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Transcript of doorstop interview: Parliament House, Canberra: Monday 5 December 2005: Costello-Gerard affair.



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Wayne Swan MP Federal Labor Shadow Treasurer

TRANSCRIPT OF DOORSTOP INTERVIEW, PARLIAMENT HOUSE, CANBERRA

E & OE - PROOF ONLY

SUBJECT: Costello-Gerard affair

SWAN: Today the Treasurer tried to shift the blame to the Prime Minister for the appalling decision to appoint Mr Gerard to the Reserve Bank Board. We saw back-biting and finger pointing at its highest level in the Government and we saw it for all to see on the floor of the Parliament. The Treasurer gave the Prime Minister a taste of his own medicine and, in the process, what has been junked are the standards of this Government.

We need the highest standards of corporate governance, we need the highest standards of integrity when it comes to appointments to the Reserve Bank Board and all we had today in the Parliament was blame shifting between the Prime Minister and the Treasurer. They are more interested in their own internal divisions than they are in the people of Australia. More interested in their mates, more interested in the divisions between themselves than they are in the national interest, and it was on display for everybody to see.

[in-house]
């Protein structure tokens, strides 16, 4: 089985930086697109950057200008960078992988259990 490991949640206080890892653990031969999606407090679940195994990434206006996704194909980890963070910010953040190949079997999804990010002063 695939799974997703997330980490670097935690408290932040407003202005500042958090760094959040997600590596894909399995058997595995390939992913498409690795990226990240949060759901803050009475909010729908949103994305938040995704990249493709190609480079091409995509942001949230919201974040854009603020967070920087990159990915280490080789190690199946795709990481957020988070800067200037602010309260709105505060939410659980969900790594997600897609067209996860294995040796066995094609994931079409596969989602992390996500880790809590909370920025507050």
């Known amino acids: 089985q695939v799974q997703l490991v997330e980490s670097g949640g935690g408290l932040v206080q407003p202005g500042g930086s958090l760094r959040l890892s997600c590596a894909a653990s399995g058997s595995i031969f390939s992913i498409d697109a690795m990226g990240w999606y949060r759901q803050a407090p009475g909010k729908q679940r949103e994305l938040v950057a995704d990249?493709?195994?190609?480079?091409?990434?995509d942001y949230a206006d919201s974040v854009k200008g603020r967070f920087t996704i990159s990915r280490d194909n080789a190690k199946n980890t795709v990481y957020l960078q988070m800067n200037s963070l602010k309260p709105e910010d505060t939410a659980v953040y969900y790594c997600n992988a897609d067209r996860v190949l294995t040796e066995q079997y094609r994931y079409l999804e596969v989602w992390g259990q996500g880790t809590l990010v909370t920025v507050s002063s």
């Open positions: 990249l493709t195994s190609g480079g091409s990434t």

Secondly, the Treasurer’s performance today concerning his knowledge of Mr Gerard was absolutely incredible and completely unbelievable. It beggars belief that alarm bells were not ringing in the Tax Office, the Reserve Bank and the Treasury about Mr Gerard’s affairs. The Treasurer expects us to believe that he had absolutely no knowledge about these affairs despite the fact they were public knowledge and despite all of the division in the South Australian Liberal Party. The Treasurer referred today to Cabinet ministers that were swinging from the rafters. Well one of them, Mr Downer, was very, very unhappy about Mr Gerard’s appointment.

So this Treasurer has very serious questions to answer, questions that he has not answered adequately in the Parliament so far. So there’s a long way to go in exposing the cover-up that’s been put in place by the Treasurer, Mr Costello.

Journalist: Is it possible to believe that in a city the size of Adelaide, with four Cabinet ministers, that those people would be so ignorant of what was happening in their own town that they wouldn’t have known about this?

SWAN: Of course all of the Cabinet ministers in Adelaide knew about this and they would have communicated their views in one form or another, not only to Mr Costello, but I also believe to Mr Howard. That is why the Government’s defence in the House today is unbelievable and is unbecoming from people who have high office, who are supposed to be looking after our national interest. I mean what would small business think when they’re trying to manage their overdraft about the Government behaving like this with appointments to the Reserve Bank board? Or what do families who’ve got a mortgage think that the Government could treat the Reserve Bank like this when it’s responsible for the very important question of interest rates in our community? All of these things show a Government that is simply divided with itself and not looking after the national interest.